Please ensure Javascript is enabled for purposes of website accessibility

The SEC Changes Its Course with Ralph Lauren

By Andrew Marder - Apr 24, 2013 at 10:30AM

You’re reading a free article with opinions that may differ from The Motley Fool’s Premium Investing Services. Become a Motley Fool member today to get instant access to our top analyst recommendations, in-depth research, investing resources, and more. Learn More

The company was fined for bribing officials, but the outcome could have been much worse.

Depending on how often you meet in glass-walled conference rooms, $125 might seem like a lot for a shirt. It pales in comparison, though, to the $1.6 million that Ralph Lauren (RL 1.25%) just agreed to pay to the SEC and Justice Department. The penalty came in light of a revelation that the Polo manufacturer's Argentine subsidiary had bribed Argentinian officials from 2005 to 2009 in order to avoid proper customs protocol.

But the most interesting piece of this story isn't the bribe or the fine, but the way the whole thing played out. Ralph Lauren wasn't accused of bribery -- it discovered it on its own during an internal investigation. By telling the SEC about the malfeasance, the company was able to avoid a larger penalty and sign the first Non-Prosecution Agreement (link opens PDF file), or NPA, regarding a Foreign Corrupt Practices Act, or FCPA, violation with the SEC.  

Seriously, don't sue us
In announcing the outcome, the SEC said, "When they found a problem, Ralph Lauren Corporation did the right thing by immediately reporting it to the SEC and providing exceptional assistance in our investigation." That led to the company being punished less than it would have been if the discovery had come from an external party, or if Ralph Lauren hadn't participated fully.

In addition to its lighter fee, the SEC also agrees not to pursue any additional enforcement against Ralph Lauren, regardless of what new information comes to light through the rest of the investigation. That gives the company a good reason to participate fully with investigators, as the digging goes on.

Compare the kid-glove treatment that Ralph Lauren is getting with the $15 million penalty -- along with millions more in related penalties -- that Pfizer (PFE 3.59%) agreed to pay in 2012 for its bribery issues. The company was found to have acted inappropriately in its international expansion, bribing doctors and government officials.

The odd part is that Pfizer also worked well with the SEC, according to the agency. It also discovered the issue during an internal audit, and it also volunteered information. But Pfizer's FCPA violation didn't result in a NPA being signed. The more recent move from the SEC may signal that the government is going to be more willing to work with companies in the future, if they agree to play nice.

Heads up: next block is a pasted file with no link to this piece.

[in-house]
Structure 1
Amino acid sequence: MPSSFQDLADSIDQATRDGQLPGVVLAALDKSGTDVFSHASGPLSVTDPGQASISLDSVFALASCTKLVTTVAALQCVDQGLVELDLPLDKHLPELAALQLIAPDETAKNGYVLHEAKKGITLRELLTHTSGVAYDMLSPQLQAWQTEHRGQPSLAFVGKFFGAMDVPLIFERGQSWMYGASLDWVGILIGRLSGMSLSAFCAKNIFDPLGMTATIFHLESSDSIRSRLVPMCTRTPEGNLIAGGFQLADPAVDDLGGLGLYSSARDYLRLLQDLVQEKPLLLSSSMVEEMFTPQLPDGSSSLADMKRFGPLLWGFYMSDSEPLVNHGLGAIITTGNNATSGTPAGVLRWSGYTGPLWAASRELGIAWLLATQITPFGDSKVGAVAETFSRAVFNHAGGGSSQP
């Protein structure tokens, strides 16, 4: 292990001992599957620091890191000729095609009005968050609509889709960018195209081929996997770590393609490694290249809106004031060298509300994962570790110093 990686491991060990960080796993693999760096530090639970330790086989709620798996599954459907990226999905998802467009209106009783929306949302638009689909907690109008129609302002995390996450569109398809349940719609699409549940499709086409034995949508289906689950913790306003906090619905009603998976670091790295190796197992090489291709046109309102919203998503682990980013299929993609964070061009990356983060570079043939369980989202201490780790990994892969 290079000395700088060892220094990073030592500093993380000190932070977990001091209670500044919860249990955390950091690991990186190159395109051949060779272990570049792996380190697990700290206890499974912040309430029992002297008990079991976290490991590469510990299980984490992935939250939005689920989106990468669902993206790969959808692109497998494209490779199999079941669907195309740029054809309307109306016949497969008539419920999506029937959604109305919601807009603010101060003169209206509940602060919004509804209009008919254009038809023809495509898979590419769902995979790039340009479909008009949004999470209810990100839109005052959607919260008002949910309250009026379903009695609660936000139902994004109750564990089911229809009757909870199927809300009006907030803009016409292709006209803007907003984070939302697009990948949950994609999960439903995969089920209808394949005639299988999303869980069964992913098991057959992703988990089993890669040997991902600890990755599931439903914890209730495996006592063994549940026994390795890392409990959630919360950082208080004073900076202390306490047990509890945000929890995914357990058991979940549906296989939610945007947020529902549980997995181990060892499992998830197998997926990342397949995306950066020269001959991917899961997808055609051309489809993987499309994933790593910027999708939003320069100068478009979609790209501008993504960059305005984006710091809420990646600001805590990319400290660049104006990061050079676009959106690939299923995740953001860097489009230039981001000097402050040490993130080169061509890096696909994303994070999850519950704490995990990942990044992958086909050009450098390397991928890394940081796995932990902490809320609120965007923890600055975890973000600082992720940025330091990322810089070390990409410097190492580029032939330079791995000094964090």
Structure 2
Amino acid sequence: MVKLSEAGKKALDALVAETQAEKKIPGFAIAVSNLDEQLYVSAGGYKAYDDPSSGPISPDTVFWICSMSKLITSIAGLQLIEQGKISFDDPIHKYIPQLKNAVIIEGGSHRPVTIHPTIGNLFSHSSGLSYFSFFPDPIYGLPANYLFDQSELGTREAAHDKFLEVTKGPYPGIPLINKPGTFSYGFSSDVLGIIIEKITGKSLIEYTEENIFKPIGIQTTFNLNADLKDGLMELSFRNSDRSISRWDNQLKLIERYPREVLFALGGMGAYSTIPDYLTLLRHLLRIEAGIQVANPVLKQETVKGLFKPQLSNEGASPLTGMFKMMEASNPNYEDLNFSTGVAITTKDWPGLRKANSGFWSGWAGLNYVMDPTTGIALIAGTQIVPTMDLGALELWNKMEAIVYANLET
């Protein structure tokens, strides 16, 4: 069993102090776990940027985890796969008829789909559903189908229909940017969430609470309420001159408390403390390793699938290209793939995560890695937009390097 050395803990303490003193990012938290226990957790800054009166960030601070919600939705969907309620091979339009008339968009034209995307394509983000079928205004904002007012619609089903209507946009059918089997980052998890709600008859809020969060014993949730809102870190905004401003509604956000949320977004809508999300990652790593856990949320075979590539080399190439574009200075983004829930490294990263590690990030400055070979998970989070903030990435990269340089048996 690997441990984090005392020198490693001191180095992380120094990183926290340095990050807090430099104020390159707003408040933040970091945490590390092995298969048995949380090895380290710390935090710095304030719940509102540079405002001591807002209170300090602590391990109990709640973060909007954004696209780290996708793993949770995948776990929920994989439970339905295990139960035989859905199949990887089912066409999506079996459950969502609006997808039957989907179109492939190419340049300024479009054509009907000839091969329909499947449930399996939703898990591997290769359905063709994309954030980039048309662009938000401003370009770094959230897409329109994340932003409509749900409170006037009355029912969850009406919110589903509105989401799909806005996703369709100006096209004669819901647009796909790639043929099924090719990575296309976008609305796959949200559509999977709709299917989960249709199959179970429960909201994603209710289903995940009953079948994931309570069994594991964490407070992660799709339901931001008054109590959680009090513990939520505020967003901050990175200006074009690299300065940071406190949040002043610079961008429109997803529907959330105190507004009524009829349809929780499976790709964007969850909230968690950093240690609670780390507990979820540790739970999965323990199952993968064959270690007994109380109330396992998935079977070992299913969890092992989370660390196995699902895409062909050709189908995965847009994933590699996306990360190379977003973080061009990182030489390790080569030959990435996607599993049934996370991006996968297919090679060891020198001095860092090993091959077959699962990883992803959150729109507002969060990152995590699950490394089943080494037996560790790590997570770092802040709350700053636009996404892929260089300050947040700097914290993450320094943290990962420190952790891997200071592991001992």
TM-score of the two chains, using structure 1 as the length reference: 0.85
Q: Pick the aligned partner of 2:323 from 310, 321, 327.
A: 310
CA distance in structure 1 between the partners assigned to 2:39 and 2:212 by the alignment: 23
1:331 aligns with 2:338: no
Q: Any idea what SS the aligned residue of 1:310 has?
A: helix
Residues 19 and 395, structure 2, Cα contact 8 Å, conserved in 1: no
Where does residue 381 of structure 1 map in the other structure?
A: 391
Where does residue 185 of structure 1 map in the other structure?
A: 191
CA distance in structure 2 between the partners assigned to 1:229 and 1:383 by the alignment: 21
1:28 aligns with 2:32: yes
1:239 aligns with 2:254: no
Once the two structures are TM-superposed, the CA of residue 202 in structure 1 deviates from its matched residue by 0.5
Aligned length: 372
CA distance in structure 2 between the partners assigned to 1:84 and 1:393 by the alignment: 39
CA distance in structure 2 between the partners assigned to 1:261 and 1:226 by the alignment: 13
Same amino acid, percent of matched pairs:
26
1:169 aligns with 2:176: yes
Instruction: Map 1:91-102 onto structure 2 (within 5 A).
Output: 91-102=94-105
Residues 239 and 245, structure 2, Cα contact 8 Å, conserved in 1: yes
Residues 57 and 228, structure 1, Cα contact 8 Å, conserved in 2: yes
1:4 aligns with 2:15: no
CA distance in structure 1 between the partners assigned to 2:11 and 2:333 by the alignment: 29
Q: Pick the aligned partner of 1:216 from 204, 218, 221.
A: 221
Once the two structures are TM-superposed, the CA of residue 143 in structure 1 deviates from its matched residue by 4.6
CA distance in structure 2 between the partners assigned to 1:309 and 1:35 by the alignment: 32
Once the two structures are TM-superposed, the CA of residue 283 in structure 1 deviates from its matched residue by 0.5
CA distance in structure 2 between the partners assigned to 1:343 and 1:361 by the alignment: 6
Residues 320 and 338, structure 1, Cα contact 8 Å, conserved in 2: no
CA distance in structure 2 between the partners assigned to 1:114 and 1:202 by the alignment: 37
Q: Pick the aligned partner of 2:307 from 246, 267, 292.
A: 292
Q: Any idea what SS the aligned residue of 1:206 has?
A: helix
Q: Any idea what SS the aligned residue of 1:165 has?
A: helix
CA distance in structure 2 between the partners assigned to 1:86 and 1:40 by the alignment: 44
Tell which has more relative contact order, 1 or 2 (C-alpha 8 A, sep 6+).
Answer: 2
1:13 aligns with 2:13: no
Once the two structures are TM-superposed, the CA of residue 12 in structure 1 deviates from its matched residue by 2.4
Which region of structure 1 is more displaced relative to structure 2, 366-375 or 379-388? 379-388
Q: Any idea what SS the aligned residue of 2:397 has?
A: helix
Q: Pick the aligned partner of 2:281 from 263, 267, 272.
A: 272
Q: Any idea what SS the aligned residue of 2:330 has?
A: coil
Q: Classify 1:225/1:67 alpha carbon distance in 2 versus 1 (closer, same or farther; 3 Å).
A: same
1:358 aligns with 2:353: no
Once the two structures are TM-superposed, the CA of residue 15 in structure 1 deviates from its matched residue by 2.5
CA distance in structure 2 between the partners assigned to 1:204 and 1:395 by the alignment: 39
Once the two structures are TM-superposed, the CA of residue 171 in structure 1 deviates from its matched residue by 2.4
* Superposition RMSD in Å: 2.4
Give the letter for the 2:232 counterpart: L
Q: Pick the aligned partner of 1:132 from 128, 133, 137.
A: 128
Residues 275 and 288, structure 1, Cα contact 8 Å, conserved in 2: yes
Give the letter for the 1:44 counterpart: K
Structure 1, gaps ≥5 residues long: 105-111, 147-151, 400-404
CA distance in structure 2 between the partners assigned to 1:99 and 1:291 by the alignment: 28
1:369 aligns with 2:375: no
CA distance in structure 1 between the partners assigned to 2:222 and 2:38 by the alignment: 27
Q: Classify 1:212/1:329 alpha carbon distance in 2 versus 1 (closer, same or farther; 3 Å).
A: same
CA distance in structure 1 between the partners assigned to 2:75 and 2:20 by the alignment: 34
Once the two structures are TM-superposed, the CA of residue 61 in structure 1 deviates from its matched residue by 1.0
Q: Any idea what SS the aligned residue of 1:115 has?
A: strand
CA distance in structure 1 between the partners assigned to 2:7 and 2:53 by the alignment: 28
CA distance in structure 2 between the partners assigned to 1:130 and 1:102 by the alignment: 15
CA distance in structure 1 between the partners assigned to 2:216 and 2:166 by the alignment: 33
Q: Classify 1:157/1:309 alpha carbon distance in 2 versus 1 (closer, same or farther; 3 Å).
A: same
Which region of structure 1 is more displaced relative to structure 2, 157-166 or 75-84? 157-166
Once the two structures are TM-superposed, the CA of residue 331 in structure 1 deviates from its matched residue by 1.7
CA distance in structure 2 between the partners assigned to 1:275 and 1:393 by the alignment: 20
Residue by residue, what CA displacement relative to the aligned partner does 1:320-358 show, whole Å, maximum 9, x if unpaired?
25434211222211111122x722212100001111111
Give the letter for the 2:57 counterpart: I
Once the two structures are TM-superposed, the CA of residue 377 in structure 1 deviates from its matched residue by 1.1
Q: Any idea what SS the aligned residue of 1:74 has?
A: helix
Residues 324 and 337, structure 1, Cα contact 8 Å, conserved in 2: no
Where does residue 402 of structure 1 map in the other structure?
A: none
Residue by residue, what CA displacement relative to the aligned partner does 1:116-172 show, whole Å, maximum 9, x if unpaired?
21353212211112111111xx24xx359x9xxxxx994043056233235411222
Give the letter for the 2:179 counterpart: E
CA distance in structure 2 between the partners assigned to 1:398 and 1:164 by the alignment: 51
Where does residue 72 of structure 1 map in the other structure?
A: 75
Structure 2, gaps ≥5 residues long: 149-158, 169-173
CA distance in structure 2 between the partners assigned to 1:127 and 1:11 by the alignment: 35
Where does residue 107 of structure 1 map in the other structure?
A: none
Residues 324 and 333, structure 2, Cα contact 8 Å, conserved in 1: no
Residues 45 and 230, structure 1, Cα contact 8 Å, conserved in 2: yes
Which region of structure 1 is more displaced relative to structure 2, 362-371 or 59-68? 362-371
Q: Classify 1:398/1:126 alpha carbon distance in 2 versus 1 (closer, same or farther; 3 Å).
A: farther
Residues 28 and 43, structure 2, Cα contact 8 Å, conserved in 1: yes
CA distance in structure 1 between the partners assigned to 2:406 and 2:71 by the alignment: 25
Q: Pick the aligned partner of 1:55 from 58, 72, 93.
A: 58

What's next
The expansion of NPAs into the foreign space may be a useful tool for an understaffed SEC. It gets a result of some sort without requiring all the costs and hours associated with a drawn-out prosecution. Legal observers have said that this may be a precedent for more such cases in the future, and should signal that corporations are being encouraged to keep their own houses in order.

The shift that the SEC has made since its Pfizer ruling last year should indicate that this is not just a slightly different way of operating -- it's a new way of thinking about enforcement. While the result of that thinking may not be justice with a capital "j," it's certainly better than nothing. That seems like a step in the right direction.

Invest Smarter with The Motley Fool

Join Over 1 Million Premium Members Receiving…

  • New Stock Picks Each Month
  • Detailed Analysis of Companies
  • Model Portfolios
  • Live Streaming During Market Hours
  • And Much More
Get Started Now

Stocks Mentioned

Ralph Lauren Corporation Stock Quote
Ralph Lauren Corporation
$93.24 (1.25%) $1.15
Pfizer Inc. Stock Quote
Pfizer Inc.
$52.47 (3.59%) $1.82

*Average returns of all recommendations since inception. Cost basis and return based on previous market day close.

Related Articles

Motley Fool Returns

Motley Fool Stock Advisor

Market-beating stocks from our award-winning service.

Stock Advisor Returns
S&P 500 Returns

Calculated by average return of all stock recommendations since inception of the Stock Advisor service in February of 2002. Returns as of 05/20/2022.

Discounted offers are only available to new members. Stock Advisor list price is $199 per year.

Premium Investing Services

Invest better with The Motley Fool. Get stock recommendations, portfolio guidance, and more from The Motley Fool's premium services.